Energy Security Day 2022: Consumers struggle to cope with rising costs
Jannatul Ferdushy || BusinessInsider
As the country is set to observe ‘Energy Security Day’ on Tuesday, consumers, including the industrial ones, will be busy fighting to cope with abrupt and ‘excessive’ rise in fuel oil prices, experts said.
Bangladesh has been observing ‘Energy Security Day’ since 2010 commemorating the historic decision made by Father of the Nation Bangabandhu Sheikh Mujibur Rahman on August 9 in 1975 to develop the country’s energy sector as he had purchased five gas fields from the erstwhile British Oil company, ‘Shell Oil’, for the newborn state.
Nearly five decades have elapsed, but unfortunately, the country has still been suffering from deficiency of primary energy. The power plants even cannot commission their full capacities because of lack of methane gas and deviation from the path of the visionary leader---from extraction resources to import.
The gas fields bought by Bangabandhu are: Titas, Bakhrabad, Habiganj, Rashidpur and Kailashtila. They all cost only 4.5-million-pound sterling at that time.
Although natural gas is one of the major fuels to run various industries in Bangladesh, and responsible for the country’s continued economic growth, the developments of onshore and, especially offshore gas fields remain slothful, experts said.
“As local alternative sources of energy have not been properly used, it is not possible to keep a balance between the growth of demand for and supply of energy,” said Petrobangla Chairman Nazmul Ahsan.
Over the past 12 years, power generation capacity has increased by 25,000 MW. The Harrisburg University (HU) data shows three state-owned and two international companies extracted 2,352mmcfd gas in 2021, down from 2,666mmcfd in 2016. However, as demand for natural gas grew largely, the production could not cope with it and, therefore, import of expensive fuel oil has almost doubled.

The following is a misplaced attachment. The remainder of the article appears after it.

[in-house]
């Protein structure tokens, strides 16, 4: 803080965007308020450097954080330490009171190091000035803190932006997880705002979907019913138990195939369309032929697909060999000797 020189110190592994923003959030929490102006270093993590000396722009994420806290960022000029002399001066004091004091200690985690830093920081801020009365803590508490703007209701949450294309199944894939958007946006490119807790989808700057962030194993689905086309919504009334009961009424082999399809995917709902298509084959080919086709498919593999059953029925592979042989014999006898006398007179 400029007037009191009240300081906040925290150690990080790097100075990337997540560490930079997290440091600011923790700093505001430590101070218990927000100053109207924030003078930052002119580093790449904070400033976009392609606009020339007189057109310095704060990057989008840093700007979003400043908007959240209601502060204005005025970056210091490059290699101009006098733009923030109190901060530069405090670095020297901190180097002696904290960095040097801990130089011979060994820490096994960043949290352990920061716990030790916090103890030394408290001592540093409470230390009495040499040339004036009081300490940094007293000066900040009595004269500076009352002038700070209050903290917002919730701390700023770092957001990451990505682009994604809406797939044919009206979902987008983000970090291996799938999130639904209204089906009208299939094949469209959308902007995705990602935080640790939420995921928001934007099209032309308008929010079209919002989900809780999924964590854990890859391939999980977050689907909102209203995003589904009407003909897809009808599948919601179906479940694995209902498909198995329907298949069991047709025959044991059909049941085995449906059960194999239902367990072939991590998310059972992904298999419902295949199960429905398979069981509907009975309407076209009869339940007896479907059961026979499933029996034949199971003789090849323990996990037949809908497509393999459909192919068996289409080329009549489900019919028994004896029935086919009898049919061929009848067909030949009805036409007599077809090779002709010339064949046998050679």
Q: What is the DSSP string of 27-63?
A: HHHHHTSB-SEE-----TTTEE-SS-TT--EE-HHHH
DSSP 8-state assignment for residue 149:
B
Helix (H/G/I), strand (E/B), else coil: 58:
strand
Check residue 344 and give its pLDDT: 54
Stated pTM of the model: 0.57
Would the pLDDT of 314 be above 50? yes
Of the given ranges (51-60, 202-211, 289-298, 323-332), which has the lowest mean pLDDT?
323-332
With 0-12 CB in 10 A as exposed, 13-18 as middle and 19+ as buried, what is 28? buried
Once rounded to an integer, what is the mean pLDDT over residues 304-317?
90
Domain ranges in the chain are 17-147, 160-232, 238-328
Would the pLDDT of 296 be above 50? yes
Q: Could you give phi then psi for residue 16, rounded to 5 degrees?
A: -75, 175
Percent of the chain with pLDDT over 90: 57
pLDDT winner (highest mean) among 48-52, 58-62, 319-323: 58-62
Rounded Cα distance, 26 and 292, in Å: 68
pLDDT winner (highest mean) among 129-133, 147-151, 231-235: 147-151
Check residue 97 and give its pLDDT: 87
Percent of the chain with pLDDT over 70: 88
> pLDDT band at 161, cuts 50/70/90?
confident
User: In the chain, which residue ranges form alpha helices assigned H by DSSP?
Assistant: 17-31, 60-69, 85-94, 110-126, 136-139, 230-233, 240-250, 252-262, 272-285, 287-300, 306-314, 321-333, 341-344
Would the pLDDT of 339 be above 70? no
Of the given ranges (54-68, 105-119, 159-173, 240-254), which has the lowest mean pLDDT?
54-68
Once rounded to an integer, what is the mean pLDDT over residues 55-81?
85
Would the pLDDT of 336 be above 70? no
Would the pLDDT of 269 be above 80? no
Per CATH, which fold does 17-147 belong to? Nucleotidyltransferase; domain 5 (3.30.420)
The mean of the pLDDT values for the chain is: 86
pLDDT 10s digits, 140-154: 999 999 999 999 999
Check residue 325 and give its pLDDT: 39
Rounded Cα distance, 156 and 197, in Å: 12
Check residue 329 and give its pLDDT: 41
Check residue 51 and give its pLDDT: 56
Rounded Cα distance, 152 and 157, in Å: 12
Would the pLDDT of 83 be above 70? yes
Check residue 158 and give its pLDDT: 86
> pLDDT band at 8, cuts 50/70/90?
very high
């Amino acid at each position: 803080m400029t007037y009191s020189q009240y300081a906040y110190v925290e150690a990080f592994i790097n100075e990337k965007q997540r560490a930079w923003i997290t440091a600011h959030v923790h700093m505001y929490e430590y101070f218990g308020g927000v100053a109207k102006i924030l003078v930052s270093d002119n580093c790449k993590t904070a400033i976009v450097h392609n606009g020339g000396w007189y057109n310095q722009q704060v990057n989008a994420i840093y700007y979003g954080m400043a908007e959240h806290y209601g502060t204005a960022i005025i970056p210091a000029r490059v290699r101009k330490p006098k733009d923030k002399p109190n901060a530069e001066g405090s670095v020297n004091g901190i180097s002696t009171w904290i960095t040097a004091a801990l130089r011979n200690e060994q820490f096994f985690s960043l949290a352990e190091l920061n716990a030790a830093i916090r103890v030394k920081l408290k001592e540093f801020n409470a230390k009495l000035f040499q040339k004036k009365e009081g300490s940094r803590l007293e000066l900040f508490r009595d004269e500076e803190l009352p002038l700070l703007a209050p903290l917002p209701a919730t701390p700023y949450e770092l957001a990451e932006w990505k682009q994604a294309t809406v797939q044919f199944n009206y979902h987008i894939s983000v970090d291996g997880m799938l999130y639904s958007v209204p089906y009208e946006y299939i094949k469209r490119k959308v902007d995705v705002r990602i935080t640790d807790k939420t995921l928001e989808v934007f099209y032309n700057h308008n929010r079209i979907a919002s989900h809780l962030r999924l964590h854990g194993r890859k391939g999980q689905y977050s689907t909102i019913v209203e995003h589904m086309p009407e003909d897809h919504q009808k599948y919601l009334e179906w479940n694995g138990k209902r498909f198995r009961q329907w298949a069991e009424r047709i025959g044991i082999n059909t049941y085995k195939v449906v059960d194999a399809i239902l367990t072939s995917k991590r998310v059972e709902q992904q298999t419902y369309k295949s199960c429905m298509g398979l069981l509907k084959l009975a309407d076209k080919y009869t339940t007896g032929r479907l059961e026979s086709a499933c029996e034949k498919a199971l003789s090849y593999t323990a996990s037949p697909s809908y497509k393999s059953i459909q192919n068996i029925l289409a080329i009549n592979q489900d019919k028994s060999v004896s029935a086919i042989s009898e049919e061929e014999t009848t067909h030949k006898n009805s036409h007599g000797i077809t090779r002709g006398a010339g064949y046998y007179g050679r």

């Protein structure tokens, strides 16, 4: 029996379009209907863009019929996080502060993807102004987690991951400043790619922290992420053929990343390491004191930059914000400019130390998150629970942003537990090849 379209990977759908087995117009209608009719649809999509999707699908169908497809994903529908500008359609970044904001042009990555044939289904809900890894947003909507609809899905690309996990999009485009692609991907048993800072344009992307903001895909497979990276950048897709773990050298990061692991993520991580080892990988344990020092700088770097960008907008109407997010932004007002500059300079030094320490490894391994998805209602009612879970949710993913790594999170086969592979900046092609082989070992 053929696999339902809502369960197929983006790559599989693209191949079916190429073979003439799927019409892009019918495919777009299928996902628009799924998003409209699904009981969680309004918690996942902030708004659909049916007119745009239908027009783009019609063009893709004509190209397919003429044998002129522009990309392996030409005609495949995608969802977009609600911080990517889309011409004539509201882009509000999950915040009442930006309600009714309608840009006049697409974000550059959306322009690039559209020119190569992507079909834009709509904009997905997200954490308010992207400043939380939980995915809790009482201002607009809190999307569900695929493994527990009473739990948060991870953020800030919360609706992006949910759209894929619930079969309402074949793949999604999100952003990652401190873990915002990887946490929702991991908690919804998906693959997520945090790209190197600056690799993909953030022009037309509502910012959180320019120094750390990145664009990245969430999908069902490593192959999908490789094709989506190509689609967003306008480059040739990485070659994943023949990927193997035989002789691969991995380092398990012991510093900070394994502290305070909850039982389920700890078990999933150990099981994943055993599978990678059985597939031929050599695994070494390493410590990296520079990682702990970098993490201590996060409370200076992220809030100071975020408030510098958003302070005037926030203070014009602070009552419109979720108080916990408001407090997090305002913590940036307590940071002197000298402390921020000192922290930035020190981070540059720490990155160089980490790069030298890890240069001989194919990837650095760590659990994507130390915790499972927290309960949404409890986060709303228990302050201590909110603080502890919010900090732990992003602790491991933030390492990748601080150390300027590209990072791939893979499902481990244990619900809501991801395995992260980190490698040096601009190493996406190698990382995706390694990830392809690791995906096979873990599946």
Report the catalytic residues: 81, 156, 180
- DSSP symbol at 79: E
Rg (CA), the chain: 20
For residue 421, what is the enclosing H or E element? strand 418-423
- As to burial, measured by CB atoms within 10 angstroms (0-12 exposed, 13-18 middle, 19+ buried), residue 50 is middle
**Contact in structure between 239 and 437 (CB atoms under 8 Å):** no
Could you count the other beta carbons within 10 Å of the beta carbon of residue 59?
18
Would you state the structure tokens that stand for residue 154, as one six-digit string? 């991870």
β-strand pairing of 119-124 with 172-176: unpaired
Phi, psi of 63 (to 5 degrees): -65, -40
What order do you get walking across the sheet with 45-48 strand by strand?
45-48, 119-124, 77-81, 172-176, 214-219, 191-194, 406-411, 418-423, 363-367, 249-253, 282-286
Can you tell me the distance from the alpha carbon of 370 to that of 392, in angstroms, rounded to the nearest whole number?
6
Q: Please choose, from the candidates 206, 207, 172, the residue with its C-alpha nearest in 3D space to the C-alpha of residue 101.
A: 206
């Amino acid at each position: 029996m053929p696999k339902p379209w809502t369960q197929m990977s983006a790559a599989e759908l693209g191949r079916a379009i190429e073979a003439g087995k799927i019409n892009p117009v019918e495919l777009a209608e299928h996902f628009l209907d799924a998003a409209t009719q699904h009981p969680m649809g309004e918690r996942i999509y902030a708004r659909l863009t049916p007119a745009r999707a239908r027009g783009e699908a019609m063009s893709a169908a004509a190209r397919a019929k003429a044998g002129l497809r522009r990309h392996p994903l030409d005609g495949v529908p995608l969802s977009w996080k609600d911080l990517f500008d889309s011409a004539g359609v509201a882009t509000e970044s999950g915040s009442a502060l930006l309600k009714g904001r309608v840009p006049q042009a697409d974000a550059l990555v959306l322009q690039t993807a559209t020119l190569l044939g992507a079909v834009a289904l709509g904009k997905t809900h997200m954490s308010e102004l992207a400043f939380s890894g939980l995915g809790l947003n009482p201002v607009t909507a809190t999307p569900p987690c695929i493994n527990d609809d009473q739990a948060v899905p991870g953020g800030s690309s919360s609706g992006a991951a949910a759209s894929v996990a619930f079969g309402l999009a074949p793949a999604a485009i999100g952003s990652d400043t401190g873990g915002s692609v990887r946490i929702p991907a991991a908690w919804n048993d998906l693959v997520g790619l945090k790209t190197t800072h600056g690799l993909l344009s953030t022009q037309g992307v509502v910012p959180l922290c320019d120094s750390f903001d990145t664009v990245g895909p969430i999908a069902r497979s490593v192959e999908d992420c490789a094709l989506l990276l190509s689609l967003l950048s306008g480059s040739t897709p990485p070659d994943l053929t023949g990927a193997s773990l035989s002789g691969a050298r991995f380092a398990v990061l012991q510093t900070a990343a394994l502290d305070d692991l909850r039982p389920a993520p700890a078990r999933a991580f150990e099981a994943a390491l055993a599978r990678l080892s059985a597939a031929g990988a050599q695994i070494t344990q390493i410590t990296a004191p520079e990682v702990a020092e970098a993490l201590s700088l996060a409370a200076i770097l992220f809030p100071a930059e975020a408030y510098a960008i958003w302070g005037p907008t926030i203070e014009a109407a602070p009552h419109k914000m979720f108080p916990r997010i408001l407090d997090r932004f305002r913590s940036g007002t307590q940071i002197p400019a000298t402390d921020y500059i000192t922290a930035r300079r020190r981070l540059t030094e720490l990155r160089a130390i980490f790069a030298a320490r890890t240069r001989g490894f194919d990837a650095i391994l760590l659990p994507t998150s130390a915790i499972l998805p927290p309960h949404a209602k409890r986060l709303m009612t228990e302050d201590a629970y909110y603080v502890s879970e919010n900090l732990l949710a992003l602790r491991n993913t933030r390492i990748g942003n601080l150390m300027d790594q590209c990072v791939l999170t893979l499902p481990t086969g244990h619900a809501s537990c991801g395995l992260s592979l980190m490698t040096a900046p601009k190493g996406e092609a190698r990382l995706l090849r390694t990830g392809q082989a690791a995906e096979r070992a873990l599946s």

The reason is that about 13 years ago the government took initiative to overcome the dependence on lone energy source--- gas, by introducing use of energy mix, but that was never appropriately implemented, said Prominent energy expert Prof Shamsul Alam.
“The country is currently dependent on imported fuel because the government has diverted its focus from exploration, a plan developed by Bangabandhu, to import. As a result, the country is facing energy insecurity whenever prices are rising in the global market.”
Even the government has not been able to ensure adequate supply of primary energy to the industries. Moreover, for the country’s industrialization, the government has been developing 100 economic zones but that is progressing slowly due to energy shortage, he added.
Experts think, due to uncertainty about the primary energy supply, the foreign investors are reluctant to invest in the economic zones.
Prof Alam said, “The government is directed by the bureaucrats. They are consulting the government by bypassing the exploration planning and importing gas to make their own wallets heavier.”
Currently, the state owned gas companies are extracting less gas than what the foreign companies are doing. Even when there is an outcry for gas, domestic gas fields are sitting idle with huge reserves. American company Chevron is producing 1,237 mmcf daily from a 1.22 tcf reserves at Bibiana. Despite having nearly double the reserves (2.026 tcf), only 68 mmcf of gas is being extracted from the Kailashtila gas field, Business Insider Bangladesh learned.
Titas and Rashidpur gas fields also have more gas reserves than Bibiana. But production mismatched with demand.
Discovered in 1960, the Rashidpur gas field has remaining reserves (proved and exploitable combined, as of 31 December 2020) of 1.773 trillion cubic feet. However, only 44 mmcf of gas was extracted in Rashidpur on July 1, 2022.
More than half of this has been extracted so far. Even now about 30 percent of the methane gas that is being used daily across the country is from these five fields.
The government is also hesitant about extracting coal, too. The government has projected 30,000MW of electricity generation by 2030.
But, although the state-run BAPEX is proceeding as per a plan over gas exploration in the Bay, it does not look promising. Given the present state of offshore exploration, there is no possibility of getting gas from there, soon.
However, experts believe that there is a possibility of securing a significant amount of power and energy through regional cooperation, but again, it will take time.
The construction of a nuclear power plant at Rooppur is also time consuming and costly.